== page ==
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as the fats; for in the case of the latter, the point of fusion being considerably below that of boiling water, the force of aggregation is in a great degree destroyed, and consequently does not oppose itself to the chemical action; whereas in the case of cholesterine, its point of fusion being much higher than that of boiling water, it remains solid, and therefore its force of aggregation opposes itself strongly to the action of potash (supposing one to exist). So then the difference of the action of a solution of potash upon these substances is not such a strong mark of distinction as it would at first sight appear to be, as it is impossible to subject them to this action under similar circumstances.

This fact is mentioned not to show that cholesterine may be a species of fat. Far from it. It is simply to attempt to exhibit that there is no stronger reason for supposing that cholesterine is not a fat, because a boiling solution of an alkali does not act upon it, than there is for considering spermaceti a fat, because it is acted upon; as here the spermaceti is in a state of fusion, one that is favorable to this action; and the cholesterine solid, a state opposing this action.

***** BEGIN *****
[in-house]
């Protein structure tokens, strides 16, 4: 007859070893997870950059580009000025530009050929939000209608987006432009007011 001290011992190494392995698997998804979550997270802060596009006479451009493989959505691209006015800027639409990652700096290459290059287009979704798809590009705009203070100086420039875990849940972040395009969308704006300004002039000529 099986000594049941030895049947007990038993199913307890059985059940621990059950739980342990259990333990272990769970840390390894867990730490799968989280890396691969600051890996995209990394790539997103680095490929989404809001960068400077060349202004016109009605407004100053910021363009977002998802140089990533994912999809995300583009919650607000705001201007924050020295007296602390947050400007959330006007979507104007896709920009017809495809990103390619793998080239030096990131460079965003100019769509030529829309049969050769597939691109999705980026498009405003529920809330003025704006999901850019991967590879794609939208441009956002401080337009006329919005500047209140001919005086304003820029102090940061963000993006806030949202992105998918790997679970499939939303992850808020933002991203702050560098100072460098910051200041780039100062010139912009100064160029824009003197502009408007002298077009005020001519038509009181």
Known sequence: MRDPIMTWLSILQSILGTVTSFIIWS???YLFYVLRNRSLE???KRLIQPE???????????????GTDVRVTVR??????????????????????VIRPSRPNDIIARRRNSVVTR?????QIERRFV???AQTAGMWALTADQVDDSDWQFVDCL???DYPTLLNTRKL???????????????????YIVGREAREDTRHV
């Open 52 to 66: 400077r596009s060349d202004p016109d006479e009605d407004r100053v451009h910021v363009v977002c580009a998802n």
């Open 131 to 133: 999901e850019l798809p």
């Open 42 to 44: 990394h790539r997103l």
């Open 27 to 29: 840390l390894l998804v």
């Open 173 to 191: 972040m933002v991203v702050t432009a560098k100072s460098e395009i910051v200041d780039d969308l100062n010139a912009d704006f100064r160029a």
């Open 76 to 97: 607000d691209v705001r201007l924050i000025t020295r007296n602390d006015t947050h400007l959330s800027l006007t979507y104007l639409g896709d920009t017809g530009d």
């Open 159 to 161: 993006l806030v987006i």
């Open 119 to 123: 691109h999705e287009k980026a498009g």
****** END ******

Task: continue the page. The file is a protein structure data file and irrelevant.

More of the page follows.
In an article on spermaceti I stated my reasons at large for not believing this body to be a fat, properly speaking, and at the same time explained how I supposed an alkali to react upon it. It was there ranked with athal and cholesterine. I then also stated that although a boiling solution of an alkali might not react upon cholesterine, still I had no doubt that the alkali by itself, aided with a high temperature, would react upon it in a manner similar to that which it did upon spermaceti. From the kindness of M. Pelouze, who furnished me with a small quantity of cholesterine, I have been able to examine into the truth of this supposition.

The first circumstance necessary to be observed in the examination of this reaction is to have the cholesterine intimately in contact with the potash, and this is done by rubbing together equal parts of the two substances in a mortar. The mixture was placed in a watch-glass, and spread out so as to expose a large surface to the air; the watch-glass was placed on a support in a copper vessel (the air contained in this vessel could be brought to any required temperature). The experiment. being thus disposed, the vessel was heated, and by the time